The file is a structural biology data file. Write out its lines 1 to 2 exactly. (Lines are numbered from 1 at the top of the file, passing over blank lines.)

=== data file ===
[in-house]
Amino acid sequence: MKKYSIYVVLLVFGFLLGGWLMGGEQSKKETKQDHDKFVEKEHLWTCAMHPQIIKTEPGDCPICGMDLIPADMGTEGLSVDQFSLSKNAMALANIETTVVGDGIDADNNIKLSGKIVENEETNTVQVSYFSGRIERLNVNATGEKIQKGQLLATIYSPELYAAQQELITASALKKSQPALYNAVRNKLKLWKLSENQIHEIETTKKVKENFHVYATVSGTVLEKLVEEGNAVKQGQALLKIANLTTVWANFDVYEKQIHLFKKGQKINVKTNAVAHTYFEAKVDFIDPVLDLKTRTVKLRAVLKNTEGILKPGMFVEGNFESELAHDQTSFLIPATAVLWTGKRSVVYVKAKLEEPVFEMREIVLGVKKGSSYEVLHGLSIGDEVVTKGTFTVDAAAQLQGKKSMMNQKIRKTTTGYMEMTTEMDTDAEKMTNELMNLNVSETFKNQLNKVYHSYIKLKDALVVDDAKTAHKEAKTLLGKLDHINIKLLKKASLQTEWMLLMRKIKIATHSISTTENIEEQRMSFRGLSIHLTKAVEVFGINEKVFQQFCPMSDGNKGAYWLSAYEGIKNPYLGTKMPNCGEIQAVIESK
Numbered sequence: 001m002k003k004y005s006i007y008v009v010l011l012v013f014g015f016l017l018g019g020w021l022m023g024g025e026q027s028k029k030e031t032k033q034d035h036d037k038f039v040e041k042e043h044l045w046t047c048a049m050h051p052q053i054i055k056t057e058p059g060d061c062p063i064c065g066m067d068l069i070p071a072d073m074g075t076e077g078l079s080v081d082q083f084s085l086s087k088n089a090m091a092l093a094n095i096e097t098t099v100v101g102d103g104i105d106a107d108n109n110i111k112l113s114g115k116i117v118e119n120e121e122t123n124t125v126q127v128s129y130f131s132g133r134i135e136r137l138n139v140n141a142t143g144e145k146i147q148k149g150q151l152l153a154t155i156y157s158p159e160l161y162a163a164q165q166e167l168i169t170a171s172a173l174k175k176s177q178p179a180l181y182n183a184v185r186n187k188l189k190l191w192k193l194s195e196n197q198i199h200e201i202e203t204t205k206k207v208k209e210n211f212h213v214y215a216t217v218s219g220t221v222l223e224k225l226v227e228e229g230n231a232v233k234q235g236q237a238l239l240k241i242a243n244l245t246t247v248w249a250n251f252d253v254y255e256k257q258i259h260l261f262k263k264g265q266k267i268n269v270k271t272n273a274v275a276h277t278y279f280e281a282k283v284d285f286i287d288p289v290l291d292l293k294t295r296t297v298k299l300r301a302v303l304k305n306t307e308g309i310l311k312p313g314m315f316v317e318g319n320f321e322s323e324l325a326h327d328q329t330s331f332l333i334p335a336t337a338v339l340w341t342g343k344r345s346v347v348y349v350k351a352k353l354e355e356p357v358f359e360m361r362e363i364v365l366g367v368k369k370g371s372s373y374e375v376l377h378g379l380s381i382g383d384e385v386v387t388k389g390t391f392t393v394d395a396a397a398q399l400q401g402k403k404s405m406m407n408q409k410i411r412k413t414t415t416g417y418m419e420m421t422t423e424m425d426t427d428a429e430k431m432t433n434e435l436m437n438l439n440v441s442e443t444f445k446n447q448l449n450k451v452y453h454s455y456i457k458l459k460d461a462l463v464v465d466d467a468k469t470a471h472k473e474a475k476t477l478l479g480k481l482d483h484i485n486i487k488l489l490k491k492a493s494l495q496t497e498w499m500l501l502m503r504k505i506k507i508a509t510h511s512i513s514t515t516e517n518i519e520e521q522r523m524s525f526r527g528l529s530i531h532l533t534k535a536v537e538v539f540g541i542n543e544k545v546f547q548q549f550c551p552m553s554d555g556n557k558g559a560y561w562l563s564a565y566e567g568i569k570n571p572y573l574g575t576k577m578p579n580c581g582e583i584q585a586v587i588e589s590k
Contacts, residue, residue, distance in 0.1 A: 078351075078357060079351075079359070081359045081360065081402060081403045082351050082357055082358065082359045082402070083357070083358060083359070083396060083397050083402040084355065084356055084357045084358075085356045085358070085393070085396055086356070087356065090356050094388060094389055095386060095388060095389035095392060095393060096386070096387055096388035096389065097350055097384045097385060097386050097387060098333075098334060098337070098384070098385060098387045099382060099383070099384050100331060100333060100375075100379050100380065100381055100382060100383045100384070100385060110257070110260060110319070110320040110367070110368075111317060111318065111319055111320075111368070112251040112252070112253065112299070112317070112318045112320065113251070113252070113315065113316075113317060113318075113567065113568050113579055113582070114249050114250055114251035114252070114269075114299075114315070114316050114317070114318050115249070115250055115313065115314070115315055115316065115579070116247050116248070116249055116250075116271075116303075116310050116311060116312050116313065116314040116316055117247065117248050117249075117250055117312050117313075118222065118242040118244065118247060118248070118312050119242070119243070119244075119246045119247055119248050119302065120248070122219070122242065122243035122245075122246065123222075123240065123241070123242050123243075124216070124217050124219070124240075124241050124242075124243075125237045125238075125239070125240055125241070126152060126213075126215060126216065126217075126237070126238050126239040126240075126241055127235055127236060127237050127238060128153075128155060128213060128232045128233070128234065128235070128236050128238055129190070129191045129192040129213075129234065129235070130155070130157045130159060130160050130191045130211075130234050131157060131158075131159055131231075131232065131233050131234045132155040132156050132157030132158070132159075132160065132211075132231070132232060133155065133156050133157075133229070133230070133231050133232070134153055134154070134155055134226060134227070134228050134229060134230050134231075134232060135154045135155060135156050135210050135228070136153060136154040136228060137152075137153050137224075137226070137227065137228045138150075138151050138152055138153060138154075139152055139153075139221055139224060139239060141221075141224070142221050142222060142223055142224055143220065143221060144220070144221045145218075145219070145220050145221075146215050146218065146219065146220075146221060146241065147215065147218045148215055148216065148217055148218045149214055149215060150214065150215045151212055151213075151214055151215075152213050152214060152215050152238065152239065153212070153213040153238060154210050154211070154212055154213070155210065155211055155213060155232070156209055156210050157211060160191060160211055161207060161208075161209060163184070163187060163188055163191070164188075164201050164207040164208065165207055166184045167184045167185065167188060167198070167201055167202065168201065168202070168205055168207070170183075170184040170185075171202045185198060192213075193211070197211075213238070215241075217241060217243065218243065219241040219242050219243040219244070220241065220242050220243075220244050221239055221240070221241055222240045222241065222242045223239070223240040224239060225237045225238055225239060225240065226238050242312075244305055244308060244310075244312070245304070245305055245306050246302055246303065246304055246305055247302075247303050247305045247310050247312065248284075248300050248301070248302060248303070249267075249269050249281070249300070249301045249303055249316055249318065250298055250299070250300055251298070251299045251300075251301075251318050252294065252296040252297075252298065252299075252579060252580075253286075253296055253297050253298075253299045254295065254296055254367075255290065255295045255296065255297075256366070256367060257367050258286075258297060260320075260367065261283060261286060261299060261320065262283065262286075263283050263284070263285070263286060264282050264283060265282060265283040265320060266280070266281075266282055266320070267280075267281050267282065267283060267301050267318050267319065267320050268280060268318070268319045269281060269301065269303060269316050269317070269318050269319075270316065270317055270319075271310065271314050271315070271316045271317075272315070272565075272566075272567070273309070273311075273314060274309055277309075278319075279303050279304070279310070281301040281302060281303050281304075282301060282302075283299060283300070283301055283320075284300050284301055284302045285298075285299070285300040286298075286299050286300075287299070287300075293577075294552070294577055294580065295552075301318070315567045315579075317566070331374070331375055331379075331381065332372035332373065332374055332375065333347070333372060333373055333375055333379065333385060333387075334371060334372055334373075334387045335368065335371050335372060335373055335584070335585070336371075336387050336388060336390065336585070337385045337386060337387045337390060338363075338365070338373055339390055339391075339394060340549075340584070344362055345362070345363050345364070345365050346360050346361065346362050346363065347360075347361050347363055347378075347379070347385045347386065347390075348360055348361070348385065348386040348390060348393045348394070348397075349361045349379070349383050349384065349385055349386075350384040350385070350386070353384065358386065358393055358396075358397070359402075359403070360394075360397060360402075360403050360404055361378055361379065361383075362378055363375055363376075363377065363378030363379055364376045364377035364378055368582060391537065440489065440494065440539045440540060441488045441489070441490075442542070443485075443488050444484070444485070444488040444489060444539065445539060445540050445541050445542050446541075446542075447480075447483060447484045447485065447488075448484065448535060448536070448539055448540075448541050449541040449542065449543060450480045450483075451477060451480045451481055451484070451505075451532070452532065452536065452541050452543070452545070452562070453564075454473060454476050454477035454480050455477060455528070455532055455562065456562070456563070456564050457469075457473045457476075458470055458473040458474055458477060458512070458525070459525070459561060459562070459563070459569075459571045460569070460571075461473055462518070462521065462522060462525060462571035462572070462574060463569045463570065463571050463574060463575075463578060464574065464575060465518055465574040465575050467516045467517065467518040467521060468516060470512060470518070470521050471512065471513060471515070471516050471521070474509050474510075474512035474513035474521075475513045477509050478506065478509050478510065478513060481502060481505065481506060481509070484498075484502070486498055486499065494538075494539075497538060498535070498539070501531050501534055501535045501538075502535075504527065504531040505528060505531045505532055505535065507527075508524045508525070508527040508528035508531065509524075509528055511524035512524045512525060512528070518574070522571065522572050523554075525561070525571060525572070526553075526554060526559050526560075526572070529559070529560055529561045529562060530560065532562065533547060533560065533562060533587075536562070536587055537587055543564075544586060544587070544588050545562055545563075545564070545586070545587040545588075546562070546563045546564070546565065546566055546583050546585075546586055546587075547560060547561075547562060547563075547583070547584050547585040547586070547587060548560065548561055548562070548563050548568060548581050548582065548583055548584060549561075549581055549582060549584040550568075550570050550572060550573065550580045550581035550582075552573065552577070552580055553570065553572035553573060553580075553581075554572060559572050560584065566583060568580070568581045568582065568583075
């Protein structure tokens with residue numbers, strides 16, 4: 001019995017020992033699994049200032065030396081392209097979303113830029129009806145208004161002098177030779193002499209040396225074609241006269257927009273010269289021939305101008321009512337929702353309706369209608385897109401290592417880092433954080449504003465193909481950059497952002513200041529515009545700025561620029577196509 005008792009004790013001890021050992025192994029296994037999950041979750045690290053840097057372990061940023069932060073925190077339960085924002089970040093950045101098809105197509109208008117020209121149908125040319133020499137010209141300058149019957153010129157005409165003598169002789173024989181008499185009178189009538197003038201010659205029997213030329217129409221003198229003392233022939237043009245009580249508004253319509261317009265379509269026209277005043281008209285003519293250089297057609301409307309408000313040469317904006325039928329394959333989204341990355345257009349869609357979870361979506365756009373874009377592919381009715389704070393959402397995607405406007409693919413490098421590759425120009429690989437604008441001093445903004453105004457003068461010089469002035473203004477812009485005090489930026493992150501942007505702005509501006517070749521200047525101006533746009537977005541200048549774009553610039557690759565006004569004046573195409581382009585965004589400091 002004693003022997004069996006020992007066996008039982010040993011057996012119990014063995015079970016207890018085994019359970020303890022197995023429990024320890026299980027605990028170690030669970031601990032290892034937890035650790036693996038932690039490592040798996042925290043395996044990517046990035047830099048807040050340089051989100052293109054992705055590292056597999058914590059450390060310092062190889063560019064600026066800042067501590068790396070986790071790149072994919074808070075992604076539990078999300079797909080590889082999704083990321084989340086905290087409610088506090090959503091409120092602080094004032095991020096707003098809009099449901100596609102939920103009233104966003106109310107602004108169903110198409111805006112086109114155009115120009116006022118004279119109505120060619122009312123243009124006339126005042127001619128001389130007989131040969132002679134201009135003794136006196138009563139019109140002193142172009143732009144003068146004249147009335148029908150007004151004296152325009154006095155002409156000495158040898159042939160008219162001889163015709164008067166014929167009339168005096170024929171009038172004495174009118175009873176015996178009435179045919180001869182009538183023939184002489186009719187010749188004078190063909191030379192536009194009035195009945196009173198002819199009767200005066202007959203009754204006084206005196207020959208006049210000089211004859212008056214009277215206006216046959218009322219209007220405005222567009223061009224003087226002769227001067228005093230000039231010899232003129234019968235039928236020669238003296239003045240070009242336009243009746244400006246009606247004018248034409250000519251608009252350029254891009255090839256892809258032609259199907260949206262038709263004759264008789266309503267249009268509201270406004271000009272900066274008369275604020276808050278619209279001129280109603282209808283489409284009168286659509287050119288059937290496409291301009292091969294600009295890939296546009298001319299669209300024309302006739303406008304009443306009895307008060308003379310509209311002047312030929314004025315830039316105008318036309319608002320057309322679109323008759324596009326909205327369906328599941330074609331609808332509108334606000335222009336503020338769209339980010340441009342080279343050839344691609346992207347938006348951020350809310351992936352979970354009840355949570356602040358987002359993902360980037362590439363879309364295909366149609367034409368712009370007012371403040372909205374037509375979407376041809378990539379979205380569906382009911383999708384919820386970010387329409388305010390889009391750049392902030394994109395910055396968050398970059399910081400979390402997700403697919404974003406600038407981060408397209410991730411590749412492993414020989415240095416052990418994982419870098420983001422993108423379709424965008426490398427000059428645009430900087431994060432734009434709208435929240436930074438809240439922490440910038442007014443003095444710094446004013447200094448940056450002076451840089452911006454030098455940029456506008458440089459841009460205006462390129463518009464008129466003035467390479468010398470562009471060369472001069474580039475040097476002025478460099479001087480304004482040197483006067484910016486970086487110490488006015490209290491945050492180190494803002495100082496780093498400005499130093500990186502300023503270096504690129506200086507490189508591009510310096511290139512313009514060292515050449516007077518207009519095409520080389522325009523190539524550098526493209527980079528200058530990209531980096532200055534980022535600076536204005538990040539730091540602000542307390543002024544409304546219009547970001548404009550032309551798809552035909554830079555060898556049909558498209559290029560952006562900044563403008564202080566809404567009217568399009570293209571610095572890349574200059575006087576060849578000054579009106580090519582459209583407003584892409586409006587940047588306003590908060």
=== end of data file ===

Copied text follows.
[in-house]
Amino acid sequence: MKKYSIYVVLLVFGFLLGGWLMGGEQSKKETKQDHDKFVEKEHLWTCAMHPQIIKTEPGDCPICGMDLIPADMGTEGLSVDQFSLSKNAMALANIETTVVGDGIDADNNIKLSGKIVENEETNTVQVSYFSGRIERLNVNATGEKIQKGQLLATIYSPELYAAQQELITASALKKSQPALYNAVRNKLKLWKLSENQIHEIETTKKVKENFHVYATVSGTVLEKLVEEGNAVKQGQALLKIANLTTVWANFDVYEKQIHLFKKGQKINVKTNAVAHTYFEAKVDFIDPVLDLKTRTVKLRAVLKNTEGILKPGMFVEGNFESELAHDQTSFLIPATAVLWTGKRSVVYVKAKLEEPVFEMREIVLGVKKGSSYEVLHGLSIGDEVVTKGTFTVDAAAQLQGKKSMMNQKIRKTTTGYMEMTTEMDTDAEKMTNELMNLNVSETFKNQLNKVYHSYIKLKDALVVDDAKTAHKEAKTLLGKLDHINIKLLKKASLQTEWMLLMRKIKIATHSISTTENIEEQRMSFRGLSIHLTKAVEVFGINEKVFQQFCPMSDGNKGAYWLSAYEGIKNPYLGTKMPNCGEIQAVIESK